Republicans have managed to bring the culture wars — typically waged in venues close to hearth and home, like who gets to use what bathroom and whether your kid’s teacher says "gay" — into the staid and boring realm of retirement savings.
On Monday, President Joe Biden vetoed a Republican-led joint resolution to nullify a Department of Labor rule that will allow retirement plan fiduciaries to incorporate ESG information in investment decision-making.
What does this portend for both the future-proofing of Americans’ retirement investments and for the next act in ESG pushback theater?
Freedom goes both ways
The "freedom to" is a conception of liberty that the American political right has made a bedrock to its brand. But the debate over ESG has revealed just how little ground ideological roots can hold.
On the one side, ESG has been over-hyped as solving things it doesn’t — climate and social impact. And on the other, there’s been a conflation of ESG with things it’s not — the financial tool of a woke political cabal.
The fight waged against the "Prudence and Loyalty in Selecting Plan Investments and Exercising Shareholder Rights" rule is one of the more illustrative examples of how this is playing out.
Taking a step back: When red state treasurers began a boycott on doing business with financial firms thought to be discriminating against the fossil fuels industry, the ground may have been mushy, but it was solid enough to build an anti-ESG camp on. That is, statements made by major financial firms on their commitment to sustainability, social justice or an economy sans carbon can and were used against them.
But the fight against ESG as it manifests in opposition to the Labor Department rule reads like an official abdication of the GOP’s ideological lifeblood of freedom — or, the party that "has always stood for freedom, prosperity and opportunity."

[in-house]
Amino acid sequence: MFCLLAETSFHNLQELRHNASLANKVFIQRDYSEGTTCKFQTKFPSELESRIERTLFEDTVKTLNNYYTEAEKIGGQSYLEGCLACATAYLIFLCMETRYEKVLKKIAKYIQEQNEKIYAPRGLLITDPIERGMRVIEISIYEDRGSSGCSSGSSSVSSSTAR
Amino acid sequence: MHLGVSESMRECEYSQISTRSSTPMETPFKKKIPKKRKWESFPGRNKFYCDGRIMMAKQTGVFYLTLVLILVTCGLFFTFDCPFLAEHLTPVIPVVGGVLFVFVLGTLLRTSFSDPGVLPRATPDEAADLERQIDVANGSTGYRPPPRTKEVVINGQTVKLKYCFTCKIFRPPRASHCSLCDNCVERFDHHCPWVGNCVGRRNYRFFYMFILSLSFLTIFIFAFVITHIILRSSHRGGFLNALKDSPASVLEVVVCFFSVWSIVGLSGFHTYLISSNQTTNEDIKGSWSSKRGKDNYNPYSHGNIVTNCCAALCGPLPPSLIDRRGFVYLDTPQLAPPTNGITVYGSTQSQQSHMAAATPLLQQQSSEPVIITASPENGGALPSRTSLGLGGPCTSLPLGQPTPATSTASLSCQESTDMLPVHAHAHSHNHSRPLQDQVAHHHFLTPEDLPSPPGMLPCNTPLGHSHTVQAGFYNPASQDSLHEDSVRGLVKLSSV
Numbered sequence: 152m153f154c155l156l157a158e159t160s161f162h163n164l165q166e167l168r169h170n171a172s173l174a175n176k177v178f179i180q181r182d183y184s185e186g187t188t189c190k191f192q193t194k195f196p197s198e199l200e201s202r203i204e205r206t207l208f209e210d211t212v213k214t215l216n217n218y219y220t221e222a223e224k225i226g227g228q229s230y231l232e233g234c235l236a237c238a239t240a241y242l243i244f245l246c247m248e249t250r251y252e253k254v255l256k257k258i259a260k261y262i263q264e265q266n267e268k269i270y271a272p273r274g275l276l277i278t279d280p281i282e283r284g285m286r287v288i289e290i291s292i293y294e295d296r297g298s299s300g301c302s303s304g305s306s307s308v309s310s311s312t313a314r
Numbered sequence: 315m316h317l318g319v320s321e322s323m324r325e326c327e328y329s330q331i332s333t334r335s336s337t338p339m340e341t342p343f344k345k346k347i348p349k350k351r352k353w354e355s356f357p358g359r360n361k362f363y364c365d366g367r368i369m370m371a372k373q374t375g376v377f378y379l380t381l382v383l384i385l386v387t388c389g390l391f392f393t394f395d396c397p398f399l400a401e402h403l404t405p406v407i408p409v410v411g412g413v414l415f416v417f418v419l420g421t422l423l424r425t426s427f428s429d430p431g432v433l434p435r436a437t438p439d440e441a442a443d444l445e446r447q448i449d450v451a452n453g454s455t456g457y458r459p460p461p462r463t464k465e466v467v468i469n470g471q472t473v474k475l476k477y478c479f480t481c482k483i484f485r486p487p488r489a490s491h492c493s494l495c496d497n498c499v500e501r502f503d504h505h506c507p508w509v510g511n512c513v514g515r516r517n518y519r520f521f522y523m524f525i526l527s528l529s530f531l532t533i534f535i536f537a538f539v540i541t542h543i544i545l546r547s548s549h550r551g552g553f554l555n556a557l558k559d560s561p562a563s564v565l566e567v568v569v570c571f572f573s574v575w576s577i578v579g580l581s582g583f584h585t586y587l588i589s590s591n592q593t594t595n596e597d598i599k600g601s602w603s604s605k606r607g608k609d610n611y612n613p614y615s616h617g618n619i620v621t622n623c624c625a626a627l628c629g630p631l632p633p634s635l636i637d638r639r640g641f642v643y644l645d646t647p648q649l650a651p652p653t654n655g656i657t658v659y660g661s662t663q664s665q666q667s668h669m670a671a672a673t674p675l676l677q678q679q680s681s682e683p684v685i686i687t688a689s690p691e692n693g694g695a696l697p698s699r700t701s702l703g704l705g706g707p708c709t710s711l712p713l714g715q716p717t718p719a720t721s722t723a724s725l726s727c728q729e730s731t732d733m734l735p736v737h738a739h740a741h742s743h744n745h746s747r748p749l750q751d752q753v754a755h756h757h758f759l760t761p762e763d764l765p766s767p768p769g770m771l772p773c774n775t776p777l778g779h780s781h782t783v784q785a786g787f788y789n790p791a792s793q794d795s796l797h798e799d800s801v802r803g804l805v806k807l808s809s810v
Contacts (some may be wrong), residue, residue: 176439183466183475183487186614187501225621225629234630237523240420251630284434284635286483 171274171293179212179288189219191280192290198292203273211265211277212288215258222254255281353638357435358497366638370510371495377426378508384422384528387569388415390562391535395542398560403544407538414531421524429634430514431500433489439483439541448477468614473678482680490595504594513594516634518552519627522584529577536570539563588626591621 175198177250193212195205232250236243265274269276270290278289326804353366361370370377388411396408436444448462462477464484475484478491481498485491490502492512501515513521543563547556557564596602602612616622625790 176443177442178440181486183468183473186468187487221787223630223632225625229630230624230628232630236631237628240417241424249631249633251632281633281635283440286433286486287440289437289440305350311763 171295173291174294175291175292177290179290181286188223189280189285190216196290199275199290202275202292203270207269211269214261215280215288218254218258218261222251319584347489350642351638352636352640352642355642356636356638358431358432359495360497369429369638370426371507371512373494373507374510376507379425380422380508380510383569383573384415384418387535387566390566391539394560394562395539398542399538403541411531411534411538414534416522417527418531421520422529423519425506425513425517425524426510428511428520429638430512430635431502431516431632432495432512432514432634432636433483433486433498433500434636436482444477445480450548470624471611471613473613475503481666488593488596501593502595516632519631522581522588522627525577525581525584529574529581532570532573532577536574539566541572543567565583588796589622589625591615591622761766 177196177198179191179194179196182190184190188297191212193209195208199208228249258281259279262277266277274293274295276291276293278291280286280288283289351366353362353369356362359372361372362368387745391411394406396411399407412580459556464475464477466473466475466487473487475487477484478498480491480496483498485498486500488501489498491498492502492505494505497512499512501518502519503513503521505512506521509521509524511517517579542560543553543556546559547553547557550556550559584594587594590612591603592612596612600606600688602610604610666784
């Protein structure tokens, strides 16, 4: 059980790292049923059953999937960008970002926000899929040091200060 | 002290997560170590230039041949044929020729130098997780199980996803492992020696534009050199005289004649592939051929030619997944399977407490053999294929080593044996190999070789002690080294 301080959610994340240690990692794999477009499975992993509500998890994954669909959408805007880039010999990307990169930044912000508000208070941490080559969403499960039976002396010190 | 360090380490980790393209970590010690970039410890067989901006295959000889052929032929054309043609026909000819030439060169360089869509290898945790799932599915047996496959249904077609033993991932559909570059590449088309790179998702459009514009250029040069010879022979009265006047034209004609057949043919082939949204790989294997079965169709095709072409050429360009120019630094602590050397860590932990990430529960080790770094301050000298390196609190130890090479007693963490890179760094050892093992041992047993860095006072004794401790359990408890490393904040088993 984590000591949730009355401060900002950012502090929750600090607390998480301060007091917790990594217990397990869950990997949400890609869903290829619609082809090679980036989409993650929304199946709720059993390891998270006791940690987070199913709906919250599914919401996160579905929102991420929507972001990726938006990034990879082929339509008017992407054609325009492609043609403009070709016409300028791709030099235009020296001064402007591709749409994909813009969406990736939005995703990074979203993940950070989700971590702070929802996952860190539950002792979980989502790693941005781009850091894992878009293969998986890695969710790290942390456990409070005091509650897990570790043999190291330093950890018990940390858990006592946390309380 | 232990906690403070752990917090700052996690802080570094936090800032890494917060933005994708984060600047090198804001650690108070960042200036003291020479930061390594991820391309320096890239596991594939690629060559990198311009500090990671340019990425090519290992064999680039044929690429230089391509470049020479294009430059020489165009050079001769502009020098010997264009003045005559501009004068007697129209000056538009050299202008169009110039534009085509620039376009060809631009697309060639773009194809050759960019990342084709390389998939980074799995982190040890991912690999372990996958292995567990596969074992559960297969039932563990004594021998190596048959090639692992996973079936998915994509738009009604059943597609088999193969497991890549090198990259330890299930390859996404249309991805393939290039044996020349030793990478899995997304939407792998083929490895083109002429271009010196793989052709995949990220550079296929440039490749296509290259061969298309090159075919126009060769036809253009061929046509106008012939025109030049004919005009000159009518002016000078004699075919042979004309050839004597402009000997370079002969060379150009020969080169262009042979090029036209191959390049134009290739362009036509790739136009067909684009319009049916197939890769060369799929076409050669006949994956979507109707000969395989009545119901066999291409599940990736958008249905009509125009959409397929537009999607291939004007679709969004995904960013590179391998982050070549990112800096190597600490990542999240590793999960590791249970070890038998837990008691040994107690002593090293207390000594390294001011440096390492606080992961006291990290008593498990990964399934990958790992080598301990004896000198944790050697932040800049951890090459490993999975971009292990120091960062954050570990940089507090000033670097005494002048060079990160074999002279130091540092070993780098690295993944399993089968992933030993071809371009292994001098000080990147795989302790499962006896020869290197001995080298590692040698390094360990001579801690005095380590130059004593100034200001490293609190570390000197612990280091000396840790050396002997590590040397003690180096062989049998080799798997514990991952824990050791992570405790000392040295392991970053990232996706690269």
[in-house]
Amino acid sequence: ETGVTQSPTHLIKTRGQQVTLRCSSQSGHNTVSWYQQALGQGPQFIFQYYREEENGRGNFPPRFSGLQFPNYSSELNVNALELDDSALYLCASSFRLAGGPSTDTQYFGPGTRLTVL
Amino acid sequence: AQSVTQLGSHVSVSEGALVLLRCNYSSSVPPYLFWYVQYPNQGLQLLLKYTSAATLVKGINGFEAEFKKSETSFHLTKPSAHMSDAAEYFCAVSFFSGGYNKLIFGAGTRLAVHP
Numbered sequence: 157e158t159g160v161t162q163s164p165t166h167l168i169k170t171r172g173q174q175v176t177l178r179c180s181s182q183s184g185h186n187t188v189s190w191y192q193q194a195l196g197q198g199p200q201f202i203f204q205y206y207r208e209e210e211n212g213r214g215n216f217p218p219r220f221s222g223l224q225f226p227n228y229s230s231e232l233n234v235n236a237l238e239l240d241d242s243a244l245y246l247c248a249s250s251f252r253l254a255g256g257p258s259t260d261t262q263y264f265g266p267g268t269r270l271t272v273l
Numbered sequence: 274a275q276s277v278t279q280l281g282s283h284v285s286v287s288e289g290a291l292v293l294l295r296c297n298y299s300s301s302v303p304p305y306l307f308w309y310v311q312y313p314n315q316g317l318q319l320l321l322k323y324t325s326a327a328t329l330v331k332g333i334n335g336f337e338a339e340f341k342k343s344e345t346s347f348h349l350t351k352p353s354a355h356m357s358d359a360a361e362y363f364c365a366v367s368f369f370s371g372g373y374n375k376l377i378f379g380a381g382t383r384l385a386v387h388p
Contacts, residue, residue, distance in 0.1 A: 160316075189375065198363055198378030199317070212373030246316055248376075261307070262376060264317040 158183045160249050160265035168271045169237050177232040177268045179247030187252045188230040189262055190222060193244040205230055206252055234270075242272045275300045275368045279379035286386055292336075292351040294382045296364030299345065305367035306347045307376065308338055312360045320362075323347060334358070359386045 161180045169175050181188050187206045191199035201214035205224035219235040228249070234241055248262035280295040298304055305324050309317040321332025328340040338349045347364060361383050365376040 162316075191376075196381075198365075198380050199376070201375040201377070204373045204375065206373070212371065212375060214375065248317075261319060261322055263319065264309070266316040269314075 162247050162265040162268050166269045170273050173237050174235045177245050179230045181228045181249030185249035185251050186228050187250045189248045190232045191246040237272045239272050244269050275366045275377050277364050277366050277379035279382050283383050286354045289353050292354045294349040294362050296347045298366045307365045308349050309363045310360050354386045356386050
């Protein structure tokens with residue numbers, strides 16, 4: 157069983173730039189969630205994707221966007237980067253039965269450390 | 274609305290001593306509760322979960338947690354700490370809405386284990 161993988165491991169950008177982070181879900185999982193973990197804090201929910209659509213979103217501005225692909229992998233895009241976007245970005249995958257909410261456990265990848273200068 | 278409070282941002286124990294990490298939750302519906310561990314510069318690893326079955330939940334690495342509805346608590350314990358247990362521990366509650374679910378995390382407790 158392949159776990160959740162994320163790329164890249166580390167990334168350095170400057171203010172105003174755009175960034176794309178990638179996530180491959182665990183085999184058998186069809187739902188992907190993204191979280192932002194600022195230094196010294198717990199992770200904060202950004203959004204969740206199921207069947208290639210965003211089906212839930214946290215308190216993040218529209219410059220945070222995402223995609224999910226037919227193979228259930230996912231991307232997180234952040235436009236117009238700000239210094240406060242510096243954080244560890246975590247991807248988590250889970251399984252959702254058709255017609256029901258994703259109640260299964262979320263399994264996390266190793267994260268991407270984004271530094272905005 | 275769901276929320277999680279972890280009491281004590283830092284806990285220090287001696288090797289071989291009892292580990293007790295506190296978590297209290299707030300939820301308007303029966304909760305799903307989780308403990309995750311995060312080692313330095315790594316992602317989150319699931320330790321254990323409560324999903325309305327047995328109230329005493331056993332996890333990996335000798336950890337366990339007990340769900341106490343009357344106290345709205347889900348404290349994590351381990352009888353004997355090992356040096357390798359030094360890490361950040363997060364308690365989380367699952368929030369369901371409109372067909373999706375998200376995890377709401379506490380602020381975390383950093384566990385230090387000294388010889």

Contrary to what prominent Republicans have argued, what the Labor Department rule really offers is the freedom to consider ESG factors, not a compulsion to do so. A fiduciary fervently opposed to the use of ESG information or one wary of supporting Trojan horses carrying ESG infidels has the freedom to keep on investing without regard for that criteria.
Keeping value for the long term
That the ESG pushback has stripped the political right of one of its most consistent ideological messages — that the government should keep its regulatory hands off the free market — may not matter as much as it appears. "Truthiness" about what ESG is or isn’t may matter more in the end.
Either way, the ESG tug-of-war game has grown more intense.
Red state treasurers were first to the rope. Now a multi-state coalition of Democratic attorneys general are fighting back against red state governors and Republican AGs' effort to overturn the Labor Department rule, stating that the "consideration of [ESG] factors by retirement investment plans is an effective, well-reasoned rule, and there is no basis for overturning it."
Will regulatory policy in the United States ever meet what’s required for the Paris Agreement goals to be realized or heed the most recent Intergovernmental Panel on Climate Change report’s "final warning"? I’m at the Ceres Global conference this week looking to learn more on that front.
Regardless of whether the answer to that question is "imminently" or "never," the 150 million or so Americans invested in the stock market — the majority with access through retirement funds — should be afforded the freedom from the erosion of their funds’ value and the freedom to retire securely.